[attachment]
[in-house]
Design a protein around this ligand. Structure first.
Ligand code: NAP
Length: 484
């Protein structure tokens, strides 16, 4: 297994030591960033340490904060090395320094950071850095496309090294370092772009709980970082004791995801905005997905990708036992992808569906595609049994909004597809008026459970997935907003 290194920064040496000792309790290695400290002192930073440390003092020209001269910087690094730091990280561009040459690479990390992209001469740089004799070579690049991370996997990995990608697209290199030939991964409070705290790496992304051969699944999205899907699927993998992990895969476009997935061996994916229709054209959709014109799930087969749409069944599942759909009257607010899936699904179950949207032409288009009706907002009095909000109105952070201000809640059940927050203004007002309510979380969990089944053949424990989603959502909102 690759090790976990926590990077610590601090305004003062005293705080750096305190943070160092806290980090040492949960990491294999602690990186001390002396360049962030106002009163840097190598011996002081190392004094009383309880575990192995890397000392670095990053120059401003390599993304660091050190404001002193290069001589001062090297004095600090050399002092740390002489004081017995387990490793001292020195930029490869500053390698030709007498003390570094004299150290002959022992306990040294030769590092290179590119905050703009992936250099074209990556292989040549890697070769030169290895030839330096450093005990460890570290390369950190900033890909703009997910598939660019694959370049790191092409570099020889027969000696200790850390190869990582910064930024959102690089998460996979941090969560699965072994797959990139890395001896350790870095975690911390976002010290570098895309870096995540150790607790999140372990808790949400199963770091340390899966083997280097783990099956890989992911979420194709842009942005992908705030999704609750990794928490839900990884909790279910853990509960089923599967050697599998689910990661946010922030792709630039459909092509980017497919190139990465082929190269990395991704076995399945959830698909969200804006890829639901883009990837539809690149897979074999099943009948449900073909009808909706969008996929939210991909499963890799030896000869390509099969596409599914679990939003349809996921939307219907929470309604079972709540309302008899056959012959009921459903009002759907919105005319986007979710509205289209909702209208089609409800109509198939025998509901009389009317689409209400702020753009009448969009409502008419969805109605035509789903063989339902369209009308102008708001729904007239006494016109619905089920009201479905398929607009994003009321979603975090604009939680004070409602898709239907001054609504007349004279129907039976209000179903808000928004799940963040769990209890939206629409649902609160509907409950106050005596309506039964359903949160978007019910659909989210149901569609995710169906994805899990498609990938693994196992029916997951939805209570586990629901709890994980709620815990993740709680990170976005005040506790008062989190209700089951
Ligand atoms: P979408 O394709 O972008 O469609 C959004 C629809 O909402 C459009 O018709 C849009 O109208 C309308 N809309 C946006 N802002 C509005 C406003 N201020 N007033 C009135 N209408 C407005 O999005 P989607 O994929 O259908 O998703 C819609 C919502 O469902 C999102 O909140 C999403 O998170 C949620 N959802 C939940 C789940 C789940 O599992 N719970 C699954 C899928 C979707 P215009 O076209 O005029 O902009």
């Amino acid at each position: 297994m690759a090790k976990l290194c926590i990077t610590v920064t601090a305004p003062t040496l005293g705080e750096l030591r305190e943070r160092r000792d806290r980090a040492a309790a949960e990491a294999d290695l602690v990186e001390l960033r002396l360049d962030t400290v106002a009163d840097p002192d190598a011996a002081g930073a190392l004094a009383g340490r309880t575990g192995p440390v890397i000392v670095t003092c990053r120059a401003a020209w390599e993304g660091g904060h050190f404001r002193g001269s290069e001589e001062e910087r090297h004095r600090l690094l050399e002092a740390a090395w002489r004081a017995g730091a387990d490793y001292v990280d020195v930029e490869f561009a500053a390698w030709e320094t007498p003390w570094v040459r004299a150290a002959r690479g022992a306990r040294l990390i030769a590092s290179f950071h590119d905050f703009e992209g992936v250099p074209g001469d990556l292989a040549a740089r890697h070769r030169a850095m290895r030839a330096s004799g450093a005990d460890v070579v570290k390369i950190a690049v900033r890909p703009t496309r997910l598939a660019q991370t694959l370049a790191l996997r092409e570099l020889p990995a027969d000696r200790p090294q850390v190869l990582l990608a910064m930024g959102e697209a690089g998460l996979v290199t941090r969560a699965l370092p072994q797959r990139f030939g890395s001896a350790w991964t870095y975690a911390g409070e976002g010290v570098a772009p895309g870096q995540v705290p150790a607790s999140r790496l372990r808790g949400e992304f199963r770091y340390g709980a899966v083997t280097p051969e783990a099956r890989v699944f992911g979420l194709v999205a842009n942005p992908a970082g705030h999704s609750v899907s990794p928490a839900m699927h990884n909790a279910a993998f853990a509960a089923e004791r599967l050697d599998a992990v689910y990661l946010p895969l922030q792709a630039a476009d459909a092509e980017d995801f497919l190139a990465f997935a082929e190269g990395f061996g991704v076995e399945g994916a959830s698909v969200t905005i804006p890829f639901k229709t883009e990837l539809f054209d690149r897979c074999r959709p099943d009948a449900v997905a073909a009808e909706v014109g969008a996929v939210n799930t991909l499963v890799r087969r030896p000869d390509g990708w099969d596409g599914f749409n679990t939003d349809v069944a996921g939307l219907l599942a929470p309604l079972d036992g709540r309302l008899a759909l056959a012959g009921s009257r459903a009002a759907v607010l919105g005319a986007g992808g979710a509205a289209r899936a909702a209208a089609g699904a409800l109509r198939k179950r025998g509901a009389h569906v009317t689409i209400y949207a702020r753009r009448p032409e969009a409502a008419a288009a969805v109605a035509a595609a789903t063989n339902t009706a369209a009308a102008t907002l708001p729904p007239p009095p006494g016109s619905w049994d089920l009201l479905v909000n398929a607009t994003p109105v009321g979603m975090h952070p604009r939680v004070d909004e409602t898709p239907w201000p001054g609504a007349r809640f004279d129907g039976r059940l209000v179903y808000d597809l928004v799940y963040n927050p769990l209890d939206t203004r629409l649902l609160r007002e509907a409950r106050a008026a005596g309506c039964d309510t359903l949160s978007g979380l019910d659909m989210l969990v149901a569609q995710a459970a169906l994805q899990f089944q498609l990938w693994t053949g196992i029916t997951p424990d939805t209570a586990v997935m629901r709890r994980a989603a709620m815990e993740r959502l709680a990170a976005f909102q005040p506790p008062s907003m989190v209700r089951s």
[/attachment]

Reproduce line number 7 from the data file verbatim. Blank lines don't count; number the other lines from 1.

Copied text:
């Amino acid at each position: 297994m690759a090790k976990l290194c926590i990077t610590v920064t601090a305004p003062t040496l005293g705080e750096l030591r305190e943070r160092r000792d806290r980090a040492a309790a949960e990491a294999d290695l602690v990186e001390l960033r002396l360049d962030t400290v106002a009163d840097p002192d190598a011996a002081g930073a190392l004094a009383g340490r309880t575990g192995p440390v890397i000392v670095t003092c990053r120059a401003a020209w390599e993304g660091g904060h050190f404001r002193g001269s290069e001589e001062e910087r090297h004095r600090l690094l050399e002092a740390a090395w002489r004081a017995g730091a387990d490793y001292v990280d020195v930029e490869f561009a500053a390698w030709e320094t007498p003390w570094v040459r004299a150290a002959r690479g022992a306990r040294l990390i030769a590092s290179f950071h590119d905050f703009e992209g992936v250099p074209g001469d990556l292989a040549a740089r890697h070769r030169a850095m290895r030839a330096s004799g450093a005990d460890v070579v570290k390369i950190a690049v900033r890909p703009t496309r997910l598939a660019q991370t694959l370049a790191l996997r092409e570099l020889p990995a027969d000696r200790p090294q850390v190869l990582l990608a910064m930024g959102e697209a690089g998460l996979v290199t941090r969560a699965l370092p072994q797959r990139f030939g890395s001896a350790w991964t870095y975690a911390g409070e976002g010290v570098a772009p895309g870096q995540v705290p150790a607790s999140r790496l372990r808790g949400e992304f199963r770091y340390g709980a899966v083997t280097p051969e783990a099956r890989v699944f992911g979420l194709v999205a842009n942005p992908a970082g705030h999704s609750v899907s990794p928490a839900m699927h990884n909790a279910a993998f853990a509960a089923e004791r599967l050697d599998a992990v689910y990661l946010p895969l922030q792709a630039a476009d459909a092509e980017d995801f497919l190139a990465f997935a082929e190269g990395f061996g991704v076995e399945g994916a959830s698909v969200t905005i804006p890829f639901k229709t883009e990837l539809f054209d690149r897979c074999r959709p099943d009948a449900v997905a073909a009808e909706v014109g969008a996929v939210n799930t991909l499963v890799r087969r030896p000869d390509g990708w099969d596409g599914f749409n679990t939003d349809v069944a996921g939307l219907l599942a929470p309604l079972d036992g709540r309302l008899a759909l056959a012959g009921s009257r459903a009002a759907v607010l919105g005319a986007g992808g979710a509205a289209r899936a909702a209208a089609g699904a409800l109509r198939k179950r025998g509901a009389h569906v009317t689409i209400y949207a702020r753009r009448p032409e969009a409502a008419a288009a969805v109605a035509a595609a789903t063989n339902t009706a369209a009308a102008t907002l708001p729904p007239p009095p006494g016109s619905w049994d089920l009201l479905v909000n398929a607009t994003p109105v009321g979603m975090h952070p604009r939680v004070d909004e409602t898709p239907w201000p001054g609504a007349r809640f004279d129907g039976r059940l209000v179903y808000d597809l928004v799940y963040n927050p769990l209890d939206t203004r629409l649902l609160r007002e509907a409950r106050a008026a005596g309506c039964d309510t359903l949160s978007g979380l019910d659909m989210l969990v149901a569609q995710a459970a169906l994805q899990f089944q498609l990938w693994t053949g196992i029916t997951p424990d939805t209570a586990v997935m629901r709890r994980a989603a709620m815990e993740r959502l709680a990170a976005f909102q005040p506790p008062s907003m989190v209700r089951s």